In the realm of cinematic arts, a significant avenue for challenging prevailing stereotypes resides in the portrayal of Muslim characters within unconventional roles. By transcending the established convention of depicting Muslims solely as immigrants or refugees, filmmakers possess the capacity to illuminate their diverse and multifaceted existence through the embodiment of professions such as doctors, lawyers, or artists. A remarkable exemplification of this progressive approach is discernible in the cinematic production entitled "The Siege," a suspenseful masterpiece that efficaciously presents the Muslim-American FBI agent, Frank Haddad, as a paragon of heroism, ceaselessly dedicating himself to the prevention of terrorist attacks. This film deftly undermines the regressive stereotype associated with Muslims as perpetuators of terrorism by ingeniously portraying a Muslim individual as an ardent law enforcement officer, diligently safeguarding the well-being of the American populace.

In the realm of storytelling, it is of paramount importance to proactively steer clear of tokenism, thus ensuring that Muslim characters are not simply included superficially to achieve a semblance of diversity, but rather become integral components of the narrative. Tokenism, by its very nature, possesses the potential to inflict harm as it relegates characters to the status of mere props, thereby perpetuating stereotypes. However, "The Visitor," a film of notable distinction, adeptly sidesteps tokenism by exemplifying a positive depiction of Muslim characters.

"The Visitor" unfurls a compelling tale revolving around Walter, a white American professor, who forms a meaningful bond with Tarek and Zainab, a couple of Syrian immigrants. What truly distinguishes this film is its portrayal of Tarek and Zainab as multidimensional individuals, endowed with their own intricate narratives and formidable struggles, rather than being relegated to the role of mere accessories augmenting Walter's own story.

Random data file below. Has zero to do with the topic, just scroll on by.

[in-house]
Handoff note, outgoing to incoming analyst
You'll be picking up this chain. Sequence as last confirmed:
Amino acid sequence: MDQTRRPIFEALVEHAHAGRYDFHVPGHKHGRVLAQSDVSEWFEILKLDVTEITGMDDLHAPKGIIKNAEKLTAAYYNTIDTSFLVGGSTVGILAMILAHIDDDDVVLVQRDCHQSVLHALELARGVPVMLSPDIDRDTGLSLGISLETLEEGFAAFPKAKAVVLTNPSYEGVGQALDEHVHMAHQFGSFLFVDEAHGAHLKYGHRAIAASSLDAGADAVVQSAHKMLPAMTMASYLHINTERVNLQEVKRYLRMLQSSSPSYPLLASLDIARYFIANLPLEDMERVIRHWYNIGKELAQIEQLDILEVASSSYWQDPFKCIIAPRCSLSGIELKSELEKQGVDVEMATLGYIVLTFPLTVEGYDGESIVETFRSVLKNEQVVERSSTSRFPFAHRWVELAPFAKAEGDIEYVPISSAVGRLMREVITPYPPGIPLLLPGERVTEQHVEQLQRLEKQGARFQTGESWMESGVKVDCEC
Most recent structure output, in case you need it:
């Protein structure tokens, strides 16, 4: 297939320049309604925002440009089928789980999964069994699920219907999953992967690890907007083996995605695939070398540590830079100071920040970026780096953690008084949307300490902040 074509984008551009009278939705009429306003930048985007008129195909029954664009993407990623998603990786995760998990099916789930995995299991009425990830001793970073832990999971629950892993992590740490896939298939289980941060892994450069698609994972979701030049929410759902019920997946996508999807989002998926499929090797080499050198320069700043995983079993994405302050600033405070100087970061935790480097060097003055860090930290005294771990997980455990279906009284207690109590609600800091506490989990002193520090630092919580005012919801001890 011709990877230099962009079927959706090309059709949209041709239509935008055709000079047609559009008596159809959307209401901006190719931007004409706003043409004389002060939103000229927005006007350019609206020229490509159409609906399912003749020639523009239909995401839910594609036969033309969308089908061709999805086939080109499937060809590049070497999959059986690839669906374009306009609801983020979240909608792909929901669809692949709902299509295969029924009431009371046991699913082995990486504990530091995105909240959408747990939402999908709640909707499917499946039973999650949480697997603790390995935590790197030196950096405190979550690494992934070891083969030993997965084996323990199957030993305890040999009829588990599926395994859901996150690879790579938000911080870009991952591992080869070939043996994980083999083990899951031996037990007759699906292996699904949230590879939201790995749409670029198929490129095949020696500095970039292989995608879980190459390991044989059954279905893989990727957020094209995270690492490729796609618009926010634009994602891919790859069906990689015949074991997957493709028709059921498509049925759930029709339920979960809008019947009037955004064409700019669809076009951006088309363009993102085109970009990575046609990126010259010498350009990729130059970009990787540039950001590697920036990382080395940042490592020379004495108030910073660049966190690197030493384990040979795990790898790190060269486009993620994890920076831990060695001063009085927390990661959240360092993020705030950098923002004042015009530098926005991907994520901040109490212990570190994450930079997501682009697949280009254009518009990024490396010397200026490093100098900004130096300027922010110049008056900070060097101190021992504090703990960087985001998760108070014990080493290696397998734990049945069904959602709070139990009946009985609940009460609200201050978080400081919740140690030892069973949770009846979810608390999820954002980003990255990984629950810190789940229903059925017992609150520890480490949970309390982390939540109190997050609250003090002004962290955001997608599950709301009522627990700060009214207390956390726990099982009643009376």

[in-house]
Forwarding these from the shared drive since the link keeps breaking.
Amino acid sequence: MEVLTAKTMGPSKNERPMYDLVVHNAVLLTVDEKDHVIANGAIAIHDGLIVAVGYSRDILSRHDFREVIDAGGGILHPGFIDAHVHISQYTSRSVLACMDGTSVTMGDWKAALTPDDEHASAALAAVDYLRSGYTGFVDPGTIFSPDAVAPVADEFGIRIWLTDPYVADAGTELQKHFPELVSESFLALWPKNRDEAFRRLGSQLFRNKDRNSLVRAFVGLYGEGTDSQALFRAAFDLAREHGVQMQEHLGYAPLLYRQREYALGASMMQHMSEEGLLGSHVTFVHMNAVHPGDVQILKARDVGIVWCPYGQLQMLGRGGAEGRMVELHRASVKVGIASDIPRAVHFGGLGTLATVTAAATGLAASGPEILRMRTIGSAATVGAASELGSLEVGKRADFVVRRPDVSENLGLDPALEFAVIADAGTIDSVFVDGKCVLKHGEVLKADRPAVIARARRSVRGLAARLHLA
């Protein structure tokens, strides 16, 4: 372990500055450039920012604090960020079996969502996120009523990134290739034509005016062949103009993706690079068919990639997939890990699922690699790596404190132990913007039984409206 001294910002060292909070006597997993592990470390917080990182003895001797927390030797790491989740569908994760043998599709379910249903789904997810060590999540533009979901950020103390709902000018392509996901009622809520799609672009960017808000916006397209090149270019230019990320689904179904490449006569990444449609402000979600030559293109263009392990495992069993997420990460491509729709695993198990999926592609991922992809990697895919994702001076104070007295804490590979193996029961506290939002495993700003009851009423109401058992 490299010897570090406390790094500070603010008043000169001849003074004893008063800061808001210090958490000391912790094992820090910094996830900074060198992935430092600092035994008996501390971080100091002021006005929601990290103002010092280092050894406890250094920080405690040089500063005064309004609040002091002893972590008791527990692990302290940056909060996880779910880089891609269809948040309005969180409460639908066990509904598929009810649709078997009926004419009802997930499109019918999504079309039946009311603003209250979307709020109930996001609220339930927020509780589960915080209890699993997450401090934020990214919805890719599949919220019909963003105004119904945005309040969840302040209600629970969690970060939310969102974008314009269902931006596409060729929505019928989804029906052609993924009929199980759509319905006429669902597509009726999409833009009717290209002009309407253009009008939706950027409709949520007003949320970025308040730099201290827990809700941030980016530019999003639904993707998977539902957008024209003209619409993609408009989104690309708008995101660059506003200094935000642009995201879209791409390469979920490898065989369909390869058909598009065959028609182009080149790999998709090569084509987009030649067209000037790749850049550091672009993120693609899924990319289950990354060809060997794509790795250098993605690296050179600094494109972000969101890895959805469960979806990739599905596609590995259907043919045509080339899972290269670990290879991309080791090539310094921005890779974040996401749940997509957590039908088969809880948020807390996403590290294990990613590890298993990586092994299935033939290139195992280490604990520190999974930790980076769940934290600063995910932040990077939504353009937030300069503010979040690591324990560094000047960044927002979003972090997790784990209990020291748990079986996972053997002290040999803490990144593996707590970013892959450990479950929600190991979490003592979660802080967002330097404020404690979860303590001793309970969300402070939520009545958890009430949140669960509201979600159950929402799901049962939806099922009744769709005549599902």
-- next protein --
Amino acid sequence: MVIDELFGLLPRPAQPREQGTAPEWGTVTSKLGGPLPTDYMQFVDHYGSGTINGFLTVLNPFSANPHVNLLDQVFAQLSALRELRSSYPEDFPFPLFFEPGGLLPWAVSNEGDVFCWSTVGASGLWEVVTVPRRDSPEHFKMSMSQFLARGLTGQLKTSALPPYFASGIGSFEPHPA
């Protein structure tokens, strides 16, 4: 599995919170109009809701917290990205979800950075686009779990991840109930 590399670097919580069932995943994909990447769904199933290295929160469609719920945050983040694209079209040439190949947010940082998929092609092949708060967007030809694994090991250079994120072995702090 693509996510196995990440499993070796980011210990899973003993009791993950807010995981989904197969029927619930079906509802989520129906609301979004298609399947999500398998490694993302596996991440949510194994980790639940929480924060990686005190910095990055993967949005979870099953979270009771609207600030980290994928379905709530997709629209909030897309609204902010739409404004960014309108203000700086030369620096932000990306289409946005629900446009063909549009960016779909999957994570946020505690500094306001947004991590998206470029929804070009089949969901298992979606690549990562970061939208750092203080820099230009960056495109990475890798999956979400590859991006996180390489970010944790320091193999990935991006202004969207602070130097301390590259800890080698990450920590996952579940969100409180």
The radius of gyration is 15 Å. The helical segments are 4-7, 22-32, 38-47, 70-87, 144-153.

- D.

The filmmakers behind "The Visitor" intricately navigate the treacherous waters of inclusivity, unequivocally demonstrating a conscientious approach to representing Muslim characters. By defying tokenism, the film successfully avoids reducing Tarek and Zainab to mere tokens of diversity, instead honoring their complex identities and affording them agency within the narrative fabric. Consequently, the film deftly dispels stereotypes that might typically permeate cinematic portrayals of Muslim characters.

"The Visitor" serves as a commendable exemplar of the potent impact that conscientious storytelling can yield. By meticulously crafting the arcs of Muslim characters, the film fosters a genuine sense of inclusivity and representation, fostering a narrative landscape that transcends the limitations of tokenism.

In summation, the cinematic depiction of Muslims has been a source of concern over an extended period, as it has consistently propagated unfavorable stereotypes and consequently contributed to the perpetuation of Islamophobia. Nonetheless, it is feasible to revolutionize the narrative and present Muslims in a positive manner. This can be achieved through the creation of multifaceted and genuine characters, the portrayal of Muslims as heroic figures, the deliberate challenge of stereotypes, and the avoidance of tokenism. By adopting these approaches, filmmakers possess the potential to dismantle prevailing stereotypes, foster understanding, and promote tolerance. Noteworthy illustrations of such endeavors can be found in films like "The Big Sick," "Captain Phillips," "The Siege," and "The Visitor," all of which have effectively employed these strategies. As we reflect on these successes, it is our ardent hope that future cinematic endeavors will follow suit and continue to contribute to this transformative narrative.

The views and opinions expressed in this article are those of the author and do not necessarily reflect the views of Al-Mujtama Team

Last modified on Sunday, 21 May 2023 06:55